Update since purchase STILL WORKS GREAT Only wish I had purchased the 100 W panel

1 amp is a lot of parasitic draw; might I suggest a power shut-off main fuse. I use these.

https://www.amazon.com/-/es/gp/produ...?ie=UTF8&psc=1
posplayr is offline   Reply With Quote
Old 05-06-2021, 05:58 AM   #6
Senior Member
 
Join Date: Aug 2019
Location: Elk Grove, CA
Posts: 254
Amazon has quite a few, here's one example:

https://www.amazon.com/Sunway-Solar-...NsaWNrPXRydWU=

However, I think you'll be much happier with 20W - 50W, hard-wired. Here's a link to a reasonably priced ($49.99) 20W kit that includes a controller for not much more money:

https://www.amazon.com/TP-solar-Mono...0301636&sr=8-4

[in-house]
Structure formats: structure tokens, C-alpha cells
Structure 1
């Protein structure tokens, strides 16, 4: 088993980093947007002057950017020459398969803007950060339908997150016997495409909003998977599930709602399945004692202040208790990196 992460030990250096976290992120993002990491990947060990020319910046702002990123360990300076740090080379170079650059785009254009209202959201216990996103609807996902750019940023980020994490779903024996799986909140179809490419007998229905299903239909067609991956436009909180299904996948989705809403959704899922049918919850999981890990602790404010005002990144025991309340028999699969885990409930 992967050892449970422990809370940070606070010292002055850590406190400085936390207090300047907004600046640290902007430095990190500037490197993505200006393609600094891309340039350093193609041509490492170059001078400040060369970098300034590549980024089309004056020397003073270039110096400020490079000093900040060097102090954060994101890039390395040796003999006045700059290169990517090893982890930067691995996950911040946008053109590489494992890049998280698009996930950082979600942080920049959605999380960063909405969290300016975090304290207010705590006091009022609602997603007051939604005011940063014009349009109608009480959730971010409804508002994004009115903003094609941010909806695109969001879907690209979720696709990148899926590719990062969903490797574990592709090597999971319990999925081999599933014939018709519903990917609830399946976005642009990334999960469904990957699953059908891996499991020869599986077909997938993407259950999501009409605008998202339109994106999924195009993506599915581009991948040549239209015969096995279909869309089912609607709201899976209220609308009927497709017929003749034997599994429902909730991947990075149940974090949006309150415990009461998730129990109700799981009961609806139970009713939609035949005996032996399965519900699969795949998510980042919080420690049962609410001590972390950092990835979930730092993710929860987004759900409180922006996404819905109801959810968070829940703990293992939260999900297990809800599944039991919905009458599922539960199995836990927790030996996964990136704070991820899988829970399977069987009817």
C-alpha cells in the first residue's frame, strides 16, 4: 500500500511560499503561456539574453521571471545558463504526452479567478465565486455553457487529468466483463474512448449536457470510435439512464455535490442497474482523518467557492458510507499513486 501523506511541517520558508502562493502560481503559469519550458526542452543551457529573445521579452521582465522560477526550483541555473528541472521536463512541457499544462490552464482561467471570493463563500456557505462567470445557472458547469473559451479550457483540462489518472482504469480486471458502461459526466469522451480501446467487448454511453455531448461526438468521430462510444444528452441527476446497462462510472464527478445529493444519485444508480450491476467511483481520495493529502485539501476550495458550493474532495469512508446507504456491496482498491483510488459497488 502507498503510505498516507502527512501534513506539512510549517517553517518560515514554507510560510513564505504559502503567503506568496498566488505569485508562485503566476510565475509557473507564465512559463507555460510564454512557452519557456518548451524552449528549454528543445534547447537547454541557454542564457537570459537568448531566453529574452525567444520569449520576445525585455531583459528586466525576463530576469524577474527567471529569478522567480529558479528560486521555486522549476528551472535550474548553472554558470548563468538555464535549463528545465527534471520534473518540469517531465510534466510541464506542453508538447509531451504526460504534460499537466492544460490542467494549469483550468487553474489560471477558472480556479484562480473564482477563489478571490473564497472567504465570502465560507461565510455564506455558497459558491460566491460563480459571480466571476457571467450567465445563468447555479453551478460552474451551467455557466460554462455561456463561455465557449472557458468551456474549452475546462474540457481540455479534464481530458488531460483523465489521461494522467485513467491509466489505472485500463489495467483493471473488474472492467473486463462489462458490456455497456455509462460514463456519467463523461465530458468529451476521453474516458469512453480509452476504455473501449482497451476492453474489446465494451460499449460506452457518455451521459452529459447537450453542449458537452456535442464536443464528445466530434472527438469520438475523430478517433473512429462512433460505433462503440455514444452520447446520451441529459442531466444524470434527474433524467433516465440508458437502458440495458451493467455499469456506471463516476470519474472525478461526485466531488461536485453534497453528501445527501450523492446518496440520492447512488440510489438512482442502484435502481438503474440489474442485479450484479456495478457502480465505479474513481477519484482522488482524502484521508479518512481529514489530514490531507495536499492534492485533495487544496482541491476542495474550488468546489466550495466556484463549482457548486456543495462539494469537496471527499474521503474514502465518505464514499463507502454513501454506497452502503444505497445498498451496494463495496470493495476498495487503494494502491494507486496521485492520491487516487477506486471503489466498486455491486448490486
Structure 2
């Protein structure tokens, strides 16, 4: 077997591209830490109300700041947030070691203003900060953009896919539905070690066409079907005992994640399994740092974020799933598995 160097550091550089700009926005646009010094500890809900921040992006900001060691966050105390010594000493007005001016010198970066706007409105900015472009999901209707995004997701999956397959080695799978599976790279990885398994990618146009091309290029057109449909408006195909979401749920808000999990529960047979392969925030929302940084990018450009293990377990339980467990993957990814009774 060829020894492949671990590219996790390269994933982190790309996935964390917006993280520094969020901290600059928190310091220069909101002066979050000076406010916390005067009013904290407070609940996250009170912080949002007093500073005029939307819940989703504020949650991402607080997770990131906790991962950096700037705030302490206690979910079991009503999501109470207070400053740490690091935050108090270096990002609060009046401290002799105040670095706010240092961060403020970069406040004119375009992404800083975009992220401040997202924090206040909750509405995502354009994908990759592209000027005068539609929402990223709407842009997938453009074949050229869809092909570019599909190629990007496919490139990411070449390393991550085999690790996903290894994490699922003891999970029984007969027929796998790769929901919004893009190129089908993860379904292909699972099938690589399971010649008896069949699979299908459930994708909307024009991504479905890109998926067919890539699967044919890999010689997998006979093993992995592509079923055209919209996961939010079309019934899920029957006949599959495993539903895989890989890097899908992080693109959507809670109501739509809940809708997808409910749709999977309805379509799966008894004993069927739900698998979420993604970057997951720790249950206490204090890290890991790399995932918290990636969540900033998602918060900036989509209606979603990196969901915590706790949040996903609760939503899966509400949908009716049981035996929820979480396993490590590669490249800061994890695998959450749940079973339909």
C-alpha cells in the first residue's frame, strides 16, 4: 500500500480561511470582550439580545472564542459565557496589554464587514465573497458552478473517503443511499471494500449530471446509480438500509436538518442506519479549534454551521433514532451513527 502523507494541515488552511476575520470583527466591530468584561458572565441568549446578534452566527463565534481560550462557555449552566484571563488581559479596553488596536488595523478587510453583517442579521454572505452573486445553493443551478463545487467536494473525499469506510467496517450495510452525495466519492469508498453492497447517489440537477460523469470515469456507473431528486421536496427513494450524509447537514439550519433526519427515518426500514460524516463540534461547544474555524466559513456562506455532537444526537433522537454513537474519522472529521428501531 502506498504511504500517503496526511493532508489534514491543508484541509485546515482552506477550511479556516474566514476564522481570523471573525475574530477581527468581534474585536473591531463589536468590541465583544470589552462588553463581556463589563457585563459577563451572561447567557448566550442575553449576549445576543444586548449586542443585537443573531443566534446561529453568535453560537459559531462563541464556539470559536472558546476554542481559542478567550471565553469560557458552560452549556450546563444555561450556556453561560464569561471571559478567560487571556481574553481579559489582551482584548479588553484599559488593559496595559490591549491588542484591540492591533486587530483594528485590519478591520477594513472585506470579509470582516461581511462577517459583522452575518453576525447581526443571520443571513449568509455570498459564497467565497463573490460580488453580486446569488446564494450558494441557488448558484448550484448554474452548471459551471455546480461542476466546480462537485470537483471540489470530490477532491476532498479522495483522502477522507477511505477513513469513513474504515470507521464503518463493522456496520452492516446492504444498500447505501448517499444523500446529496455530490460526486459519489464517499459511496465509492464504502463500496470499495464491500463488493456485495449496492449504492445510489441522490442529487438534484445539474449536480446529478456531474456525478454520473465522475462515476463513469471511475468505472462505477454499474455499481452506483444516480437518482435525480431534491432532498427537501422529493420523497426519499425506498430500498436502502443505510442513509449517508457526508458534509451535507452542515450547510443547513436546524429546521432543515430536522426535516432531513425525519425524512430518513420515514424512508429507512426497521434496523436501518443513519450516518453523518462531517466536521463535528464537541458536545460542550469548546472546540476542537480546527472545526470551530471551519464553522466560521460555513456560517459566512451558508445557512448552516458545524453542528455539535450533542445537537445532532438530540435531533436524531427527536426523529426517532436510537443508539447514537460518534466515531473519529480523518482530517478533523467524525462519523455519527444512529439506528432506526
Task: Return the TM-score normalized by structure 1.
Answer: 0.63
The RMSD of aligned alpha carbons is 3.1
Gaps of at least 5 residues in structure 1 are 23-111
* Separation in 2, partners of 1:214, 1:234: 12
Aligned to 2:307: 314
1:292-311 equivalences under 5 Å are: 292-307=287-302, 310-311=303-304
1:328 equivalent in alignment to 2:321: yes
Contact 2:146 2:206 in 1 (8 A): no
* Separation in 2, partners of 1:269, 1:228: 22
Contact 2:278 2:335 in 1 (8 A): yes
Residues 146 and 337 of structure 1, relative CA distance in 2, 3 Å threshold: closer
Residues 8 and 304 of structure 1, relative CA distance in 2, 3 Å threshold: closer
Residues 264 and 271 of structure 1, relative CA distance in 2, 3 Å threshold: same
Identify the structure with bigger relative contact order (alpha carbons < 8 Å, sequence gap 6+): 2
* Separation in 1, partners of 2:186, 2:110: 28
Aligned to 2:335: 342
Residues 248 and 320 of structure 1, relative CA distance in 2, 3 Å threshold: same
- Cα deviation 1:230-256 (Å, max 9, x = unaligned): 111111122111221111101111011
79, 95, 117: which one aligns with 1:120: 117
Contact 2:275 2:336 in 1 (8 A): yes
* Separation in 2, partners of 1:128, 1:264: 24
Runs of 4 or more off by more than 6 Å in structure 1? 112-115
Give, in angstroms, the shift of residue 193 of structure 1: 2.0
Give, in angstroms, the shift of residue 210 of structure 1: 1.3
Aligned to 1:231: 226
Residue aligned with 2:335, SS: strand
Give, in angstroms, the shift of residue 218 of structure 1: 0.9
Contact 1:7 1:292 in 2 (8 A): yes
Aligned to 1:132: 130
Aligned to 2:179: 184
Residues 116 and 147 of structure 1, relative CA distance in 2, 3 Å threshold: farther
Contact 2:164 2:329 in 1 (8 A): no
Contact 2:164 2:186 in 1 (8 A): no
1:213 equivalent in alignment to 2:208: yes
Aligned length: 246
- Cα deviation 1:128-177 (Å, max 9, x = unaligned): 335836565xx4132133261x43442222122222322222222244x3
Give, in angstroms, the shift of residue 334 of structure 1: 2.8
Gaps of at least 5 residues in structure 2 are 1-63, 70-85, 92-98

And a 50W kit for $89.99:

https://www.amazon.com/SOLPERK-Monoc...0302108&sr=8-3

I have an old 50W panel temporarily mounted to my motorhome's rear ladder that does a great job keeping both my house and starting batteries topped off while in storage. I have an Amp-L-Start installed between my house batteries and my starting battery. Before it failed, my 19 year old 15W OEM panel kept things charged as well but wasn't as nearly as efficient.

Think of the above options as maintainers only. They don't have enough wattage to recharge your batteries after use in any reasonable amount of time.

I have 320W of solar panels waiting to be installed on my MH at a later date. I have a 100W panel on my E350 and a second awaiting either installation or modification as a DIY portable panel.

None of the above will obviate the need for a new battery but will keep your new battery healthy.

Is your house battery set up to charge off your alternator? If not, this would help as well.
__________________
Bob
2005 E350 Super Duty Ext Wheelchair Van